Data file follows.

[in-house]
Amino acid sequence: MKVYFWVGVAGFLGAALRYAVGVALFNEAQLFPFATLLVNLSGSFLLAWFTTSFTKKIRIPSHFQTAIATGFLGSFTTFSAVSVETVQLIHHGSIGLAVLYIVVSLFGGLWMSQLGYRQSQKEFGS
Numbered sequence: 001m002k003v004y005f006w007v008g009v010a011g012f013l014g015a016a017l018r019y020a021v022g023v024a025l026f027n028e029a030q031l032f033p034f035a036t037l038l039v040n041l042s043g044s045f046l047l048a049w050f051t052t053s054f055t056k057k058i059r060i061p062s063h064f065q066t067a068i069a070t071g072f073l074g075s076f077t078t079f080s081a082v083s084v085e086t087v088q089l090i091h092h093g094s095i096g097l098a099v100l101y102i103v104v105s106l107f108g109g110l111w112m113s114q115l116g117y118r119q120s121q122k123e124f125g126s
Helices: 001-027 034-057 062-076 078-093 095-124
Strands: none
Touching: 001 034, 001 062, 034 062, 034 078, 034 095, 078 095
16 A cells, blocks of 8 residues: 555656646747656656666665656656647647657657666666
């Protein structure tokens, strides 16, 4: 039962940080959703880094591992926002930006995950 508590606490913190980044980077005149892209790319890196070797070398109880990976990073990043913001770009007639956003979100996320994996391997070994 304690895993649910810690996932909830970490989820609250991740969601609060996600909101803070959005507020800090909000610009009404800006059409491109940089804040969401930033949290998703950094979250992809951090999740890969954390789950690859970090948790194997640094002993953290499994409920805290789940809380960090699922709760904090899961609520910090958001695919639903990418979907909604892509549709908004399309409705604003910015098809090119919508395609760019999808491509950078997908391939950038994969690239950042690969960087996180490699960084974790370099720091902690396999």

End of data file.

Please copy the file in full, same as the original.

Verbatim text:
[in-house]
Amino acid sequence: MKVYFWVGVAGFLGAALRYAVGVALFNEAQLFPFATLLVNLSGSFLLAWFTTSFTKKIRIPSHFQTAIATGFLGSFTTFSAVSVETVQLIHHGSIGLAVLYIVVSLFGGLWMSQLGYRQSQKEFGS
Numbered sequence: 001m002k003v004y005f006w007v008g009v010a011g012f013l014g015a016a017l018r019y020a021v022g023v024a025l026f027n028e029a030q031l032f033p034f035a036t037l038l039v040n041l042s043g044s045f046l047l048a049w050f051t052t053s054f055t056k057k058i059r060i061p062s063h064f065q066t067a068i069a070t071g072f073l074g075s076f077t078t079f080s081a082v083s084v085e086t087v088q089l090i091h092h093g094s095i096g097l098a099v100l101y102i103v104v105s106l107f108g109g110l111w112m113s114q115l116g117y118r119q120s121q122k123e124f125g126s
Helices: 001-027 034-057 062-076 078-093 095-124
Strands: none
Touching: 001 034, 001 062, 034 062, 034 078, 034 095, 078 095
16 A cells, blocks of 8 residues: 555656646747656656666665656656647647657657666666
């Protein structure tokens, strides 16, 4: 039962940080959703880094591992926002930006995950 508590606490913190980044980077005149892209790319890196070797070398109880990976990073990043913001770009007639956003979100996320994996391997070994 304690895993649910810690996932909830970490989820609250991740969601609060996600909101803070959005507020800090909000610009009404800006059409491109940089804040969401930033949290998703950094979250992809951090999740890969954390789950690859970090948790194997640094002993953290499994409920805290789940809380960090699922709760904090899961609520910090958001695919639903990418979907909604892509549709908004399309409705604003910015098809090119919508395609760019999808491509950078997908391939950038994969690239950042690969960087996180490699960084974790370099720091902690396999």